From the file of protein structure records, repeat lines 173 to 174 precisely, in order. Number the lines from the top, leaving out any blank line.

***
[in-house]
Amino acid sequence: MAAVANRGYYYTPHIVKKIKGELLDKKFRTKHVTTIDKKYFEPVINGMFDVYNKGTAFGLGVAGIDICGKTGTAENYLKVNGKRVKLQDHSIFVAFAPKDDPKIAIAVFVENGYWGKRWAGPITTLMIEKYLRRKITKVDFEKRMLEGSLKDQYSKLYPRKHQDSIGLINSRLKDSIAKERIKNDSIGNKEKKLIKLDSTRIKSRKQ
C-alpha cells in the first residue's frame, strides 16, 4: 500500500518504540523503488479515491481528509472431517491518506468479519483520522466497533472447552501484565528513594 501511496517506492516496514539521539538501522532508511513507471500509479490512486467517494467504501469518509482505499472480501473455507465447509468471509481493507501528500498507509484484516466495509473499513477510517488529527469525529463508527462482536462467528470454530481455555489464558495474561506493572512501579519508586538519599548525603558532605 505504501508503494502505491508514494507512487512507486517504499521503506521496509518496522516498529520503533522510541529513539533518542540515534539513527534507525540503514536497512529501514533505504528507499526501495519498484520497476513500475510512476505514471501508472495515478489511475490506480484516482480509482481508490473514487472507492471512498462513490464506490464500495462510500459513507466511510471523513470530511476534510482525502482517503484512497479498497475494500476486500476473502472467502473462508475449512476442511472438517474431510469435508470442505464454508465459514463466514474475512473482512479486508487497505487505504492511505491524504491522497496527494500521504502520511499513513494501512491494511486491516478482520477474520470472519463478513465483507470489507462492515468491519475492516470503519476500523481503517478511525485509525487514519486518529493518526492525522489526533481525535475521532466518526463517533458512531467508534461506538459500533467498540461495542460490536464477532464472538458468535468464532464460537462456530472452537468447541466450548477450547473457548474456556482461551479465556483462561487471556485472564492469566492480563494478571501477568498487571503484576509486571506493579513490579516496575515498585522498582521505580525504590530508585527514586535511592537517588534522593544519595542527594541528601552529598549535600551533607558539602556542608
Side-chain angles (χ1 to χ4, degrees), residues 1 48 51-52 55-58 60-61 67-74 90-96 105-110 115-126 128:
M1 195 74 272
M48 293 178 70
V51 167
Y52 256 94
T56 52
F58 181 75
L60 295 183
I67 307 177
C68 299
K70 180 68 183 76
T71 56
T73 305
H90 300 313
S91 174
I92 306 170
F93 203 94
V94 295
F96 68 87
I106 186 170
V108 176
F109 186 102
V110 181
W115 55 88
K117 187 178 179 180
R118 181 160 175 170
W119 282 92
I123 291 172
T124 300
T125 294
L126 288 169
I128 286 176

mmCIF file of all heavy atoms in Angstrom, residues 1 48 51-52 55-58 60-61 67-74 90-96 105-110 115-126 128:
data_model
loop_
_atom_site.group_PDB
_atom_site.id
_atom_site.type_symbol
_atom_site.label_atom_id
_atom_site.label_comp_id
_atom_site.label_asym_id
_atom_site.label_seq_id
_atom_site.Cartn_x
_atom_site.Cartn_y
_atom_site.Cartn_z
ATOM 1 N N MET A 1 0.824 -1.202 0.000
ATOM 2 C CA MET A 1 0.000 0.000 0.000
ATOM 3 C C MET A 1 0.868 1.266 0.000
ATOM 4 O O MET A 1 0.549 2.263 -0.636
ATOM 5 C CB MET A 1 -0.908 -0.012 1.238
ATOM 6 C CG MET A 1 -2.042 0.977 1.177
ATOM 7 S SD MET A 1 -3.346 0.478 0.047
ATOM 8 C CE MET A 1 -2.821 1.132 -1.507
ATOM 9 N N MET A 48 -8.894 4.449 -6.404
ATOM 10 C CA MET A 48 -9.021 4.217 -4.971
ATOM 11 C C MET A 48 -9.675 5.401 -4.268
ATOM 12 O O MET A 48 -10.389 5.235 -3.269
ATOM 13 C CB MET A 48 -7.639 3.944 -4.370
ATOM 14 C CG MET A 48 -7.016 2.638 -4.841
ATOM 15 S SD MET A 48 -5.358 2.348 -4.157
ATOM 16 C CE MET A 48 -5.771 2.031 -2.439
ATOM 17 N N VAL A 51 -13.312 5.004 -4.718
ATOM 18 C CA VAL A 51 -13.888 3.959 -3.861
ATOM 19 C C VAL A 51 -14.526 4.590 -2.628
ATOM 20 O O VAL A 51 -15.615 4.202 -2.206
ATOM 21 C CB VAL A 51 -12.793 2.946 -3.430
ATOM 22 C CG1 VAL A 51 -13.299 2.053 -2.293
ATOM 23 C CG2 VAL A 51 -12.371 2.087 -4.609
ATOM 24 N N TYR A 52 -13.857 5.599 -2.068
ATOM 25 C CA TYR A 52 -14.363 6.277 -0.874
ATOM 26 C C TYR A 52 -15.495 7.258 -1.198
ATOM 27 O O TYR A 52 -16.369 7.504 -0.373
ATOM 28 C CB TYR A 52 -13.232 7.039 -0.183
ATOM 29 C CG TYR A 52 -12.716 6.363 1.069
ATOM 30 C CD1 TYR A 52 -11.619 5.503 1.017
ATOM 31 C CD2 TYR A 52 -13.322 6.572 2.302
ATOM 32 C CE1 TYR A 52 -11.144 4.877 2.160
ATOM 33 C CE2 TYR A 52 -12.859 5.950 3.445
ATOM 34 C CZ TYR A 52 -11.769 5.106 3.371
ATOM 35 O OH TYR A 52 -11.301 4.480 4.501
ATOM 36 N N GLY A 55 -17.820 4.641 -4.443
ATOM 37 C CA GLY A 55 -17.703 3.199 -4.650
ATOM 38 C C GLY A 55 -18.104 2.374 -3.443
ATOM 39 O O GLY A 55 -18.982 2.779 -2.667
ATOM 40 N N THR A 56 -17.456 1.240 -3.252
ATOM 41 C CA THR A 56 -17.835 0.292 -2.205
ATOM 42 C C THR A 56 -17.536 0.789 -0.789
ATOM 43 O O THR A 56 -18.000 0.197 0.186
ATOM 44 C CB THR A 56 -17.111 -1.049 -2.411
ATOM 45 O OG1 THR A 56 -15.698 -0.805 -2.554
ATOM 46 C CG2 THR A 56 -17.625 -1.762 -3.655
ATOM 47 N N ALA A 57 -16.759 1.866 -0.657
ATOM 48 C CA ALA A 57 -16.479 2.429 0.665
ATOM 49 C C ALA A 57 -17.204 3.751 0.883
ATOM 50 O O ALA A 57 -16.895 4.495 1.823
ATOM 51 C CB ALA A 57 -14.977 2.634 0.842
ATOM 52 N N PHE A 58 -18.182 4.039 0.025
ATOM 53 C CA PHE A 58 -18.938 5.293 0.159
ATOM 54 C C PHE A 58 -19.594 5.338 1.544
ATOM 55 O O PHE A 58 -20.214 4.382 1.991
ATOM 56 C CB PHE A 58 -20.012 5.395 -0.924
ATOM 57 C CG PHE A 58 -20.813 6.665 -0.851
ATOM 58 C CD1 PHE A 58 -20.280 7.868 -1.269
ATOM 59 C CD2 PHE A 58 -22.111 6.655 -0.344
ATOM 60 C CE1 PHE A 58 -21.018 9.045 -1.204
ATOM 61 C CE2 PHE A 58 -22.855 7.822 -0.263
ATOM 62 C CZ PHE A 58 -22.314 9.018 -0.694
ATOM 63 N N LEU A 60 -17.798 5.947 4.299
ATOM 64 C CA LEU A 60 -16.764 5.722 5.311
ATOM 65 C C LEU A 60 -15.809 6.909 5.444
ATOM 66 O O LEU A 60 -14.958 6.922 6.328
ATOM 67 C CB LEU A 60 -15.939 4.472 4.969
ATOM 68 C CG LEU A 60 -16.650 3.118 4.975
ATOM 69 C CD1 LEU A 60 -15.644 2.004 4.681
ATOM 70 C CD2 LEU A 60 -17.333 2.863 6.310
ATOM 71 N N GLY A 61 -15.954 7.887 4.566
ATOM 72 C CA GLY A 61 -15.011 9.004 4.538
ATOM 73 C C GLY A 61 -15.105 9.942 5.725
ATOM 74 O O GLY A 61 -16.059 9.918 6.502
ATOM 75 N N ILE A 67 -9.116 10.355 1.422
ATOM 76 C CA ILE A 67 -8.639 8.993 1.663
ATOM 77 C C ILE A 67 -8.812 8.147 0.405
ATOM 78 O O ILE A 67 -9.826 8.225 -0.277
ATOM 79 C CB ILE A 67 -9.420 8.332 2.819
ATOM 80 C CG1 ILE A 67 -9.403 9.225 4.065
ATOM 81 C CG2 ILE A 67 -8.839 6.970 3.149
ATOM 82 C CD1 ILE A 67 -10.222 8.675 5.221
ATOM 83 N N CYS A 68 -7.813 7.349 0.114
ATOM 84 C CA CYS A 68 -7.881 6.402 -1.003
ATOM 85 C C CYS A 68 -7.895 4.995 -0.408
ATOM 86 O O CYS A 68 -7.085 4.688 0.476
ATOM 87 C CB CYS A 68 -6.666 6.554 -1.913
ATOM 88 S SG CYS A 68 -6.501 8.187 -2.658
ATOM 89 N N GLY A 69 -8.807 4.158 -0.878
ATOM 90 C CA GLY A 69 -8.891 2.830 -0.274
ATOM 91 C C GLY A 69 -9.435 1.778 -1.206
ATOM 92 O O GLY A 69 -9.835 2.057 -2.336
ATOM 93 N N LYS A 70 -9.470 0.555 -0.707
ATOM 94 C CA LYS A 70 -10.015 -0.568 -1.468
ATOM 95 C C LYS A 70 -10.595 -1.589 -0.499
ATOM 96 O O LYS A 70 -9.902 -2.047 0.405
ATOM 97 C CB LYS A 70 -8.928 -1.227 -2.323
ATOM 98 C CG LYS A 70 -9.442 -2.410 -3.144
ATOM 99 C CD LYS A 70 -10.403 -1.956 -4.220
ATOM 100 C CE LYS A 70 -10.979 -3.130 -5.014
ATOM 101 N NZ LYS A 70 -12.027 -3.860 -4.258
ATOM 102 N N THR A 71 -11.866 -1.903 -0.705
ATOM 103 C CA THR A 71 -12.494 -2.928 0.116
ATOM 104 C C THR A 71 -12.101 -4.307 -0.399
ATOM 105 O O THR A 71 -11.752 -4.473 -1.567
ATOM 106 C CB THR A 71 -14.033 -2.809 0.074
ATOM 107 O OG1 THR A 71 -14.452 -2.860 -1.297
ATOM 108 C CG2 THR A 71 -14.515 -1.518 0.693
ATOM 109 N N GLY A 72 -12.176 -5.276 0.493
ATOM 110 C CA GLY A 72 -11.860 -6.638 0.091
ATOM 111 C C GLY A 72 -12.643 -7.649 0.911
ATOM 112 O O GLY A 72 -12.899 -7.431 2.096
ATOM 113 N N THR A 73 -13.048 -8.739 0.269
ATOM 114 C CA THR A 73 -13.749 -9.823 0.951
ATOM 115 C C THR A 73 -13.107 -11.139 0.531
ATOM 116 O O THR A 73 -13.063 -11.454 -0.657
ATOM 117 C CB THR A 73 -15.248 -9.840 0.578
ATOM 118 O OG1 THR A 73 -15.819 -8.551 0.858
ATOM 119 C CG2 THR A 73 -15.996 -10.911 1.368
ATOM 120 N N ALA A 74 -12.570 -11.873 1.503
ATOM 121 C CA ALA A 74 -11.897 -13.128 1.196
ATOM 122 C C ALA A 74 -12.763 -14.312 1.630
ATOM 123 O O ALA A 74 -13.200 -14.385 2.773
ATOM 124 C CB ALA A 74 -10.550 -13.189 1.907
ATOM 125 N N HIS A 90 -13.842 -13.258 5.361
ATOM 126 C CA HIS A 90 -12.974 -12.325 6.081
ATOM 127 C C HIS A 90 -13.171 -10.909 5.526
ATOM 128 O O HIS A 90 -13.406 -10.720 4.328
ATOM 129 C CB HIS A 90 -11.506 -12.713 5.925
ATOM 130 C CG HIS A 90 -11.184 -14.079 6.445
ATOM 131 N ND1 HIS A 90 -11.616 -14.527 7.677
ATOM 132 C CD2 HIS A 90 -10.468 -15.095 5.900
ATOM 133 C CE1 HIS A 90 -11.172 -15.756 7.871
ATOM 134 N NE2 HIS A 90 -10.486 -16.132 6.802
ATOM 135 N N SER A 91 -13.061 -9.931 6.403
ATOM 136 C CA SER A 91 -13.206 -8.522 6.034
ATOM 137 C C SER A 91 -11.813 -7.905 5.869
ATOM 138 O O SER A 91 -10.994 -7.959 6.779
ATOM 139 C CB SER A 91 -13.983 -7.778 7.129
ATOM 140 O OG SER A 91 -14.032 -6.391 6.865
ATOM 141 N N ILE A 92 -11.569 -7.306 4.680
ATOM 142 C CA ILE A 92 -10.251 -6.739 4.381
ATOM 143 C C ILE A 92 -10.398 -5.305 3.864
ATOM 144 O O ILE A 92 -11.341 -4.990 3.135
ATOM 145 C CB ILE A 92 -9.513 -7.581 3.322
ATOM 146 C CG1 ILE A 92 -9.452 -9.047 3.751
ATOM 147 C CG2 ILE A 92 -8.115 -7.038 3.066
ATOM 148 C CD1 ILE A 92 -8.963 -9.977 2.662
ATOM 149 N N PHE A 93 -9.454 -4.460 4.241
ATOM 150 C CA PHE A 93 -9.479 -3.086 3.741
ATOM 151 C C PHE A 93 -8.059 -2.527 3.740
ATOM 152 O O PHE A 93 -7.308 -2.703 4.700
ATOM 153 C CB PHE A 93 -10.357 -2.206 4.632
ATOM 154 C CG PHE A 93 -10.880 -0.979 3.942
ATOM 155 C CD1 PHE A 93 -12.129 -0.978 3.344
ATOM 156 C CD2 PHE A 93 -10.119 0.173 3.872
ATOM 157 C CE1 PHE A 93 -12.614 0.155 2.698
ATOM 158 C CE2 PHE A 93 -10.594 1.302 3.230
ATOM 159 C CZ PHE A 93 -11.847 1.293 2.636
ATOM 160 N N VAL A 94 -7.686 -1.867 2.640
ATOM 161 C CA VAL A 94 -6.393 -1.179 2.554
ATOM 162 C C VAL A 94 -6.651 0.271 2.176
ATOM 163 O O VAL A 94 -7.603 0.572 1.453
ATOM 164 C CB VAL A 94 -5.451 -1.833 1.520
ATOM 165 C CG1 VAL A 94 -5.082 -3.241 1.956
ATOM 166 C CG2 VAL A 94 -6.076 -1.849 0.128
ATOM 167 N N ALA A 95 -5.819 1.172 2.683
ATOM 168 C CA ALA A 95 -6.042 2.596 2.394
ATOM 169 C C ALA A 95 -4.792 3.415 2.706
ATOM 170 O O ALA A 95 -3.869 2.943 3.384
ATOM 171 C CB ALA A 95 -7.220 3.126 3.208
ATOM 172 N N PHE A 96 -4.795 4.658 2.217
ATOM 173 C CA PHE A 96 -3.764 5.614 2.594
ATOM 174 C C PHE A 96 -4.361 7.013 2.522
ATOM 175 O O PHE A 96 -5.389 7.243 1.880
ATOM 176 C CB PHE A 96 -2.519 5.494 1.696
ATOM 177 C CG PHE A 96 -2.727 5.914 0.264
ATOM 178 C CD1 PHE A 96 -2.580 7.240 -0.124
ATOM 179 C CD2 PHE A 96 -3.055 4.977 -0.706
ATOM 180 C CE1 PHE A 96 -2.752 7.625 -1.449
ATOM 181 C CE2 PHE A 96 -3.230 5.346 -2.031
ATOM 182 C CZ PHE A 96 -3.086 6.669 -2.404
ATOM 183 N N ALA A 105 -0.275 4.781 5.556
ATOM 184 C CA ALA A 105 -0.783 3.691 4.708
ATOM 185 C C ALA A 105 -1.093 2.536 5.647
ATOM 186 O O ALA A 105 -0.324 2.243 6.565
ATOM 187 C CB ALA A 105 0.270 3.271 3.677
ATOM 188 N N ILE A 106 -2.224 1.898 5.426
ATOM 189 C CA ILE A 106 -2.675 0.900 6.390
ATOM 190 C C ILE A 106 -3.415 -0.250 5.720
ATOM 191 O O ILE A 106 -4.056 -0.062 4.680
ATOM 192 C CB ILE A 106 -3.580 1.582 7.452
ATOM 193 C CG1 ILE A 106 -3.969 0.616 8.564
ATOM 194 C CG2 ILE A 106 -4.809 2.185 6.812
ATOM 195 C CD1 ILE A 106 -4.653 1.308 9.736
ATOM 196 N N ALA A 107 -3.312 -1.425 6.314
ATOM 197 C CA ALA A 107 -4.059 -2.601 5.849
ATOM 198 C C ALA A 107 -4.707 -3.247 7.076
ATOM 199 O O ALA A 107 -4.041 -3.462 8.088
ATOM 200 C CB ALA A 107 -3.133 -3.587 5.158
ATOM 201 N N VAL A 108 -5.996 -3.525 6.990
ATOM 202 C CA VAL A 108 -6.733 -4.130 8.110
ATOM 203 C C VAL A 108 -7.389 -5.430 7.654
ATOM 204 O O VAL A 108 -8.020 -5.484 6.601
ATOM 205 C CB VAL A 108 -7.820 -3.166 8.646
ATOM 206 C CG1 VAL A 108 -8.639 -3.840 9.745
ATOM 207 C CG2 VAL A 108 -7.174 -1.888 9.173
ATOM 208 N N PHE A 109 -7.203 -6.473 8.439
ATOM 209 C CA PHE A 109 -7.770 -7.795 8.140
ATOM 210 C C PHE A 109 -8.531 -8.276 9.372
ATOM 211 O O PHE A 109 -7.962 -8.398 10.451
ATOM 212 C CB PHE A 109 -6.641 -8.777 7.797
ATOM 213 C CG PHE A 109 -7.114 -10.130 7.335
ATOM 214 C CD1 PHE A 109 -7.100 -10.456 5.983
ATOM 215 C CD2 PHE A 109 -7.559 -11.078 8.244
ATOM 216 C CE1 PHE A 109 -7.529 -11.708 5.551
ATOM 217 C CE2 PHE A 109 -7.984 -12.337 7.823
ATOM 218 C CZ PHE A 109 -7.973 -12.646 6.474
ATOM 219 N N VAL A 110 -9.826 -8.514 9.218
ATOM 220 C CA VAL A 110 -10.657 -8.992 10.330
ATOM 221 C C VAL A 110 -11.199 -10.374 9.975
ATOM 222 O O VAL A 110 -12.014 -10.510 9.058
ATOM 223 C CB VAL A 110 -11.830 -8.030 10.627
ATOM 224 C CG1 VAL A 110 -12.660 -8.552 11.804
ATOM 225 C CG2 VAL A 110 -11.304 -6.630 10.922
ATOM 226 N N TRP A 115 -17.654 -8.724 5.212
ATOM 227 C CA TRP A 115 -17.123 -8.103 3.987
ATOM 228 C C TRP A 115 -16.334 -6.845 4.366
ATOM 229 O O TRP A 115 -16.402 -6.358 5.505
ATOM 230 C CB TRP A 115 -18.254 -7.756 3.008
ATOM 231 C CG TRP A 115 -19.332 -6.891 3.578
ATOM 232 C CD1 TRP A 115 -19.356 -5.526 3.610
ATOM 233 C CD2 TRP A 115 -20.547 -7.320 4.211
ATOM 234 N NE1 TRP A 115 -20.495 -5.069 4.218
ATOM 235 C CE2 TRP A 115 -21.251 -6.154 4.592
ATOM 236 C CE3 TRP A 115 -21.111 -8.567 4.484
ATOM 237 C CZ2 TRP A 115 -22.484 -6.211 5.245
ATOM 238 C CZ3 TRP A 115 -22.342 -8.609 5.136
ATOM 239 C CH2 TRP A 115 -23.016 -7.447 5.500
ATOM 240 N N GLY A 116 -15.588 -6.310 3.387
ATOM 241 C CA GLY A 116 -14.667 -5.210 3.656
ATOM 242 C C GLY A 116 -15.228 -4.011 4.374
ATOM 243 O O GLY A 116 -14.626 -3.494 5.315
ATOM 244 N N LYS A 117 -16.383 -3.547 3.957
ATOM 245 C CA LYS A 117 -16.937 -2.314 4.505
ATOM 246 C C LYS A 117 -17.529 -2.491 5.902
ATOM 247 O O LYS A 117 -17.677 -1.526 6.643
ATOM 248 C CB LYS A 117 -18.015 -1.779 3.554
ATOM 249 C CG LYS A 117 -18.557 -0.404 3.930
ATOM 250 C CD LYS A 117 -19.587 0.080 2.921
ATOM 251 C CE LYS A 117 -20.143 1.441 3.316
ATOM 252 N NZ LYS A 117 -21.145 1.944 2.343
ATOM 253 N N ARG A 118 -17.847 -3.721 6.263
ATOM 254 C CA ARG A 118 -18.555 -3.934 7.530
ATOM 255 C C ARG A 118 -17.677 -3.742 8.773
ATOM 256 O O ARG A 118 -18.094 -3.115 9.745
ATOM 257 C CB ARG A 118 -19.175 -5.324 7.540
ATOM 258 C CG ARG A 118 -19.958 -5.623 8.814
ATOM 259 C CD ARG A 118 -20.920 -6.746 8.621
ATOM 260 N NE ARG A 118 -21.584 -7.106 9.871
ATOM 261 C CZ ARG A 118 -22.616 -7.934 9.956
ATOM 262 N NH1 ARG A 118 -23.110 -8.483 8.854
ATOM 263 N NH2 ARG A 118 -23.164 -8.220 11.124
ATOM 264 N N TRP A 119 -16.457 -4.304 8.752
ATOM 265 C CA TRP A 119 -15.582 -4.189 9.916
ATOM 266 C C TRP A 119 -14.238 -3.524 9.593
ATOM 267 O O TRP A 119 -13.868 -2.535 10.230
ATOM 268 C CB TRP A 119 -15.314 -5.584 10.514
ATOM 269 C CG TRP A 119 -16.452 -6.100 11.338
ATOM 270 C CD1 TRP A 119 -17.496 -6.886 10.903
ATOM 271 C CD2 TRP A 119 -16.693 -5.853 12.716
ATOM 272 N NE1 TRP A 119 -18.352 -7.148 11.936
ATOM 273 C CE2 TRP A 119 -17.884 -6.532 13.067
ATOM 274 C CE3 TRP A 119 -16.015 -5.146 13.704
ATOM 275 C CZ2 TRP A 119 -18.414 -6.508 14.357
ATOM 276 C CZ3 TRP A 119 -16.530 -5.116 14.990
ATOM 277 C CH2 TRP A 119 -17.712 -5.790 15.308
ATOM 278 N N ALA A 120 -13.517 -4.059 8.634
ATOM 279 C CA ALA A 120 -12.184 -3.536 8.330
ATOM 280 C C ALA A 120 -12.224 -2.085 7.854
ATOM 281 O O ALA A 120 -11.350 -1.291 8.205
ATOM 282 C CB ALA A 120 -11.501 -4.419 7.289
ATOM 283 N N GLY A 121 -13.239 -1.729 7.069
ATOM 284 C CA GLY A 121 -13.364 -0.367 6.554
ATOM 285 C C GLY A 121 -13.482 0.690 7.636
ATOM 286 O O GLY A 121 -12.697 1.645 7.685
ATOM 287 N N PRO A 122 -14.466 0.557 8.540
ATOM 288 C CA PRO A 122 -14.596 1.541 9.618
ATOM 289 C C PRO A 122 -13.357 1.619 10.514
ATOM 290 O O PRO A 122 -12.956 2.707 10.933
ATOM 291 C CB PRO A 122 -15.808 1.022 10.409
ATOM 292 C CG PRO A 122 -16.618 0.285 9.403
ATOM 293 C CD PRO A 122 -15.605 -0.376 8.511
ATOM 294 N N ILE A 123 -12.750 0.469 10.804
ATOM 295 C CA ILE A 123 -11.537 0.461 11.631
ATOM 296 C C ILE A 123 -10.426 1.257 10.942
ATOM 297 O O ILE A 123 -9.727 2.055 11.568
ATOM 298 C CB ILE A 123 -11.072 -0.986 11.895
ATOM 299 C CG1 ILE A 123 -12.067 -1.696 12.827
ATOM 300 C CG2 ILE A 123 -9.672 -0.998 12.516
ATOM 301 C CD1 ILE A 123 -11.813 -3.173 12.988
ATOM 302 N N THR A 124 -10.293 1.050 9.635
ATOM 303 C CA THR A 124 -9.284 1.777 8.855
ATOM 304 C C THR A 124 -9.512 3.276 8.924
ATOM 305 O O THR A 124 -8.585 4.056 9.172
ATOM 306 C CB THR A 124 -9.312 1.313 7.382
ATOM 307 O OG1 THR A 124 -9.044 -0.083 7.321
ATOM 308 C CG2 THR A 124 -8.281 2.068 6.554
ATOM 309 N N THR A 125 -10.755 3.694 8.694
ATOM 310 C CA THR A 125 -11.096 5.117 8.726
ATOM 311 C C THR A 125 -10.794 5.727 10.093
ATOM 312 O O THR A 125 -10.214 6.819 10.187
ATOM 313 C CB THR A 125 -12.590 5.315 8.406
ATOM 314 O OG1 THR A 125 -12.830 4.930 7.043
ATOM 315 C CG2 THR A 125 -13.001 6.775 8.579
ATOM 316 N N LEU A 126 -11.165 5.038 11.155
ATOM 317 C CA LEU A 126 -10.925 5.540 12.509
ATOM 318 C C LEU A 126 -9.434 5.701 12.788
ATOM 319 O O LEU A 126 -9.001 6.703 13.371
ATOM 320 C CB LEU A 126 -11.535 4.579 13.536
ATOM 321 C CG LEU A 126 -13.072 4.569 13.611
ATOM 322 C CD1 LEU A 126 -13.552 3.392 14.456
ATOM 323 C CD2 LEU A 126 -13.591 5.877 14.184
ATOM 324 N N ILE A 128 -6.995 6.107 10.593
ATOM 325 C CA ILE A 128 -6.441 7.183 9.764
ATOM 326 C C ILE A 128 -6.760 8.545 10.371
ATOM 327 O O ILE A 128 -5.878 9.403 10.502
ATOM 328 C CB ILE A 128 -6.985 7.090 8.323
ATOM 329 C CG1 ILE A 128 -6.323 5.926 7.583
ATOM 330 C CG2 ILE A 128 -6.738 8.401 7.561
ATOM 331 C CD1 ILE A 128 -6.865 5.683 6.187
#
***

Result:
ATOM 125 N N HIS A 90 -13.842 -13.258 5.361
ATOM 126 C CA HIS A 90 -12.974 -12.325 6.081